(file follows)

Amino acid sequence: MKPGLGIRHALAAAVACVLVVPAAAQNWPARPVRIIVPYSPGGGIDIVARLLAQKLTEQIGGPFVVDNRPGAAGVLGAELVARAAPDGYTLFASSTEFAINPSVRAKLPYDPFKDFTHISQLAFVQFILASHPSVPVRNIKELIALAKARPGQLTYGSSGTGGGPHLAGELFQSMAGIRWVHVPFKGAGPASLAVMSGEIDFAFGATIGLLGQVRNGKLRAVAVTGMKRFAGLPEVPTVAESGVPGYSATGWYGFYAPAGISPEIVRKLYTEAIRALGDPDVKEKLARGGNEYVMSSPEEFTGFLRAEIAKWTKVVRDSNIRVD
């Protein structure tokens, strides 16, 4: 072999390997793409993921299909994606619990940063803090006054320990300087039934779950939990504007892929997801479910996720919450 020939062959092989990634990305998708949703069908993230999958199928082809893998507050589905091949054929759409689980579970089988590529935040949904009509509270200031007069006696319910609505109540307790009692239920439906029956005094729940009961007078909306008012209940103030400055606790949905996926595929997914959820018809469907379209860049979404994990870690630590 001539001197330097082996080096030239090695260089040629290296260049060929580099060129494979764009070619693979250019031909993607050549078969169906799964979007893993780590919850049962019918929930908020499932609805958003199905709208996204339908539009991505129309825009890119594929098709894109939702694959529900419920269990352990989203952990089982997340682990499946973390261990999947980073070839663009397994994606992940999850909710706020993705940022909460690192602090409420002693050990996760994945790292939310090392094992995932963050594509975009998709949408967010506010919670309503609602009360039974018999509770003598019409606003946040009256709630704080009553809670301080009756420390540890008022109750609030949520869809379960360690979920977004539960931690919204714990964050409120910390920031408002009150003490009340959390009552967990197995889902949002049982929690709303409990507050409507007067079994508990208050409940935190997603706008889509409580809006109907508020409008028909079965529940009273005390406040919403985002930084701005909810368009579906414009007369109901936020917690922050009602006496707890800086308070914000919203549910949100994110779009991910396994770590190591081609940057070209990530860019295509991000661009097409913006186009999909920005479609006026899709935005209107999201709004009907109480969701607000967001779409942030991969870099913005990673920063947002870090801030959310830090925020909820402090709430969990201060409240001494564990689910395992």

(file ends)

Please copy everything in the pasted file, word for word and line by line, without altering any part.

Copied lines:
Amino acid sequence: MKPGLGIRHALAAAVACVLVVPAAAQNWPARPVRIIVPYSPGGGIDIVARLLAQKLTEQIGGPFVVDNRPGAAGVLGAELVARAAPDGYTLFASSTEFAINPSVRAKLPYDPFKDFTHISQLAFVQFILASHPSVPVRNIKELIALAKARPGQLTYGSSGTGGGPHLAGELFQSMAGIRWVHVPFKGAGPASLAVMSGEIDFAFGATIGLLGQVRNGKLRAVAVTGMKRFAGLPEVPTVAESGVPGYSATGWYGFYAPAGISPEIVRKLYTEAIRALGDPDVKEKLARGGNEYVMSSPEEFTGFLRAEIAKWTKVVRDSNIRVD
């Protein structure tokens, strides 16, 4: 072999390997793409993921299909994606619990940063803090006054320990300087039934779950939990504007892929997801479910996720919450 020939062959092989990634990305998708949703069908993230999958199928082809893998507050589905091949054929759409689980579970089988590529935040949904009509509270200031007069006696319910609505109540307790009692239920439906029956005094729940009961007078909306008012209940103030400055606790949905996926595929997914959820018809469907379209860049979404994990870690630590 001539001197330097082996080096030239090695260089040629290296260049060929580099060129494979764009070619693979250019031909993607050549078969169906799964979007893993780590919850049962019918929930908020499932609805958003199905709208996204339908539009991505129309825009890119594929098709894109939702694959529900419920269990352990989203952990089982997340682990499946973390261990999947980073070839663009397994994606992940999850909710706020993705940022909460690192602090409420002693050990996760994945790292939310090392094992995932963050594509975009998709949408967010506010919670309503609602009360039974018999509770003598019409606003946040009256709630704080009553809670301080009756420390540890008022109750609030949520869809379960360690979920977004539960931690919204714990964050409120910390920031408002009150003490009340959390009552967990197995889902949002049982929690709303409990507050409507007067079994508990208050409940935190997603706008889509409580809006109907508020409008028909079965529940009273005390406040919403985002930084701005909810368009579906414009007369109901936020917690922050009602006496707890800086308070914000919203549910949100994110779009991910396994770590190591081609940057070209990530860019295509991000661009097409913006186009999909920005479609006026899709935005209107999201709004009907109480969701607000967001779409942030991969870099913005990673920063947002870090801030959310830090925020909820402090709430969990201060409240001494564990689910395992």